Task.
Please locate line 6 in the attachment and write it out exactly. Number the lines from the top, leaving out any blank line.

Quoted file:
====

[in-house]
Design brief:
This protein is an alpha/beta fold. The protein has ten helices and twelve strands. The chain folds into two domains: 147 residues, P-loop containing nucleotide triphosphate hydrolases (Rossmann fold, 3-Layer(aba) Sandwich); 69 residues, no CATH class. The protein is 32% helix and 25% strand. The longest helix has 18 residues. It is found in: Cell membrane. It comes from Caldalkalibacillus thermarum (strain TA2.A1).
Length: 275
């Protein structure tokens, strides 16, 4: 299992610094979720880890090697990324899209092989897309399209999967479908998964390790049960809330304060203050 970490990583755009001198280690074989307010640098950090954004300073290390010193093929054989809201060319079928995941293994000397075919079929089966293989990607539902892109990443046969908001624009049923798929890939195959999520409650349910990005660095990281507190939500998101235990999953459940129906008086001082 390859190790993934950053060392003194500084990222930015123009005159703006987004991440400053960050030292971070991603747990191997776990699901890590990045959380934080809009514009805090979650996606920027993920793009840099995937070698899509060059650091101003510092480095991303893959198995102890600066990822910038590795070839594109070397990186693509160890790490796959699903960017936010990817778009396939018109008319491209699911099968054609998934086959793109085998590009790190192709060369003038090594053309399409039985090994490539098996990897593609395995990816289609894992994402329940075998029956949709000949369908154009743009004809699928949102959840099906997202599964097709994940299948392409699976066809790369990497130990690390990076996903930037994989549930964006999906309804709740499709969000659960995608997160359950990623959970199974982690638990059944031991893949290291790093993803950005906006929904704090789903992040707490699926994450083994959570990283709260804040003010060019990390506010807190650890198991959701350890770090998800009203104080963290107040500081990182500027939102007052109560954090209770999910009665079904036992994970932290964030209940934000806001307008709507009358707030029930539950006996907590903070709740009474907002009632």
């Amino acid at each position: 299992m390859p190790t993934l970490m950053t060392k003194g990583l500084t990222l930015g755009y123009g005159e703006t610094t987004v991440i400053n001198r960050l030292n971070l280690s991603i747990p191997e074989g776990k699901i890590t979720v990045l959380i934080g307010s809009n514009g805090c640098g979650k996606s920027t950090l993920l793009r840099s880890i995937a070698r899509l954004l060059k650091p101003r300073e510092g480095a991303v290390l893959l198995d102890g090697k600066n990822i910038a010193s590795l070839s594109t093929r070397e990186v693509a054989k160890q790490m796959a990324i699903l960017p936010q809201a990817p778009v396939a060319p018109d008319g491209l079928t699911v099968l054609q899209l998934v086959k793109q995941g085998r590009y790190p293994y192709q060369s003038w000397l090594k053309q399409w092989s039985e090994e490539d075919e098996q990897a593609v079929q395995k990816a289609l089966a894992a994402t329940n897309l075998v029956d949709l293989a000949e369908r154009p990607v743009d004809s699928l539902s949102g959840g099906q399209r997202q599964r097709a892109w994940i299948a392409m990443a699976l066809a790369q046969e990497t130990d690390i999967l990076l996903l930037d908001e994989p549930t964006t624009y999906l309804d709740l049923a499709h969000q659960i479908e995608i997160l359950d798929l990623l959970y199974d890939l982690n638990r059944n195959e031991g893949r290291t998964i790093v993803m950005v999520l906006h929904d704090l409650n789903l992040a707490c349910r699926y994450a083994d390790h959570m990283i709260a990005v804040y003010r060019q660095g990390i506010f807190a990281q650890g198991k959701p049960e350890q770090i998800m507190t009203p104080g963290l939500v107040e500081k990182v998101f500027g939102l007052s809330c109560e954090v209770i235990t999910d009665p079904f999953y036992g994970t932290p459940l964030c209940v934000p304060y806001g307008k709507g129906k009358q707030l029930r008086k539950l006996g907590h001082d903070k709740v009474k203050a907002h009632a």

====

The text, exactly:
């Amino acid at each position: 299992m390859p190790t993934l970490m950053t060392k003194g990583l500084t990222l930015g755009y123009g005159e703006t610094t987004v991440i400053n001198r960050l030292n971070l280690s991603i747990p191997e074989g776990k699901i890590t979720v990045l959380i934080g307010s809009n514009g805090c640098g979650k996606s920027t950090l993920l793009r840099s880890i995937a070698r899509l954004l060059k650091p101003r300073e510092g480095a991303v290390l893959l198995d102890g090697k600066n990822i910038a010193s590795l070839s594109t093929r070397e990186v693509a054989k160890q790490m796959a990324i699903l960017p936010q809201a990817p778009v396939a060319p018109d008319g491209l079928t699911v099968l054609q899209l998934v086959k793109q995941g085998r590009y790190p293994y192709q060369s003038w000397l090594k053309q399409w092989s039985e090994e490539d075919e098996q990897a593609v079929q395995k990816a289609l089966a894992a994402t329940n897309l075998v029956d949709l293989a000949e369908r154009p990607v743009d004809s699928l539902s949102g959840g099906q399209r997202q599964r097709a892109w994940i299948a392409m990443a699976l066809a790369q046969e990497t130990d690390i999967l990076l996903l930037d908001e994989p549930t964006t624009y999906l309804d709740l049923a499709h969000q659960i479908e995608i997160l359950d798929l990623l959970y199974d890939l982690n638990r059944n195959e031991g893949r290291t998964i790093v993803m950005v999520l906006h929904d704090l409650n789903l992040a707490c349910r699926y994450a083994d390790h959570m990283i709260a990005v804040y003010r060019q660095g990390i506010f807190a990281q650890g198991k959701p049960e350890q770090i998800m507190t009203p104080g963290l939500v107040e500081k990182v998101f500027g939102l007052s809330c109560e954090v209770i235990t999910d009665p079904f999953y036992g994970t932290p459940l964030c209940v934000p304060y806001g307008k709507g129906k009358q707030l029930r008086k539950l006996g907590h001082d903070k709740v009474k203050a907002h009632a």